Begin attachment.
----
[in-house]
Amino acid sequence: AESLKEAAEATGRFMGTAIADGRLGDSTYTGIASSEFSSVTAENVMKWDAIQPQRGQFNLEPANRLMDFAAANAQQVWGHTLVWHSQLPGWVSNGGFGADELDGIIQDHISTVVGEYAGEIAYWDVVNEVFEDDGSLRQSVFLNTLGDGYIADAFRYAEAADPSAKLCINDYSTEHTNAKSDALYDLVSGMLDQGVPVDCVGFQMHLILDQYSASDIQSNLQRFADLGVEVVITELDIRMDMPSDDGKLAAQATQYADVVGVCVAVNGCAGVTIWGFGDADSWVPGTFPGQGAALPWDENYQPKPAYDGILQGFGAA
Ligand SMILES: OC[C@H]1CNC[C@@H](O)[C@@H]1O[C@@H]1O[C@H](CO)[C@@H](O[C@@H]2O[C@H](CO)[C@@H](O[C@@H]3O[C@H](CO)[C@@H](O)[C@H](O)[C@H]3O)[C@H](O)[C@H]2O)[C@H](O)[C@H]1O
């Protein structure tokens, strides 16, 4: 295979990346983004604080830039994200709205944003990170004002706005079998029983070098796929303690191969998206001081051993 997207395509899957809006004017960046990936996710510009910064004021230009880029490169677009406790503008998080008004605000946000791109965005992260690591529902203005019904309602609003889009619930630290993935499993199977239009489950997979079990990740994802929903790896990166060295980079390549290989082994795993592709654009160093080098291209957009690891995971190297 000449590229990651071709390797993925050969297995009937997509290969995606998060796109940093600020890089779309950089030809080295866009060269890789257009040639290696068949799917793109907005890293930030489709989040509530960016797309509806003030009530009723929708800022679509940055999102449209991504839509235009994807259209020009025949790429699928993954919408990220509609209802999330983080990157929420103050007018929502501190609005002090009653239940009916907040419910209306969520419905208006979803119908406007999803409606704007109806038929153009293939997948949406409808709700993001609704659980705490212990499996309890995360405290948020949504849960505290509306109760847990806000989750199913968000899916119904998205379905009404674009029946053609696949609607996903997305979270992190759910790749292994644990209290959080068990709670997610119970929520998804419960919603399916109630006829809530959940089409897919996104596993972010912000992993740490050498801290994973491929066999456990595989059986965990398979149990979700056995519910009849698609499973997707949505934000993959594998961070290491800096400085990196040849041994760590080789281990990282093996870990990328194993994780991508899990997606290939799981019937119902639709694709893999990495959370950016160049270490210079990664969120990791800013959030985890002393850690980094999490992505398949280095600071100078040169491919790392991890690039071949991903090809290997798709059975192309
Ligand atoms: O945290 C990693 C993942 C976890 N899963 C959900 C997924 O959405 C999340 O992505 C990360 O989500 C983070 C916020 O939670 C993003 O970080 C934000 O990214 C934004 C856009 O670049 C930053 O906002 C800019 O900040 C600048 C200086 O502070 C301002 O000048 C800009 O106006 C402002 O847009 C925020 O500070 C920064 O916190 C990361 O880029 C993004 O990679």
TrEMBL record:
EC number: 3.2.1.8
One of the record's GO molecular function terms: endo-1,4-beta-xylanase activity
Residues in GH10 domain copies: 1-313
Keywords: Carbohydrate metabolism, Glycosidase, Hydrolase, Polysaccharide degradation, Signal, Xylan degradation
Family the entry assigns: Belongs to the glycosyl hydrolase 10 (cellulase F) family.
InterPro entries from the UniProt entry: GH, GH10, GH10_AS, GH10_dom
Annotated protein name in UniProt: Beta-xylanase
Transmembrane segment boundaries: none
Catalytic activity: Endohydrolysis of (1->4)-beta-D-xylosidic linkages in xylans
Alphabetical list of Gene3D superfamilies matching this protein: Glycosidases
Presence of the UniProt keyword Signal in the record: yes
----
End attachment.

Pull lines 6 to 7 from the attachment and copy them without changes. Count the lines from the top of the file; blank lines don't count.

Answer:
TrEMBL record:
EC number: 3.2.1.8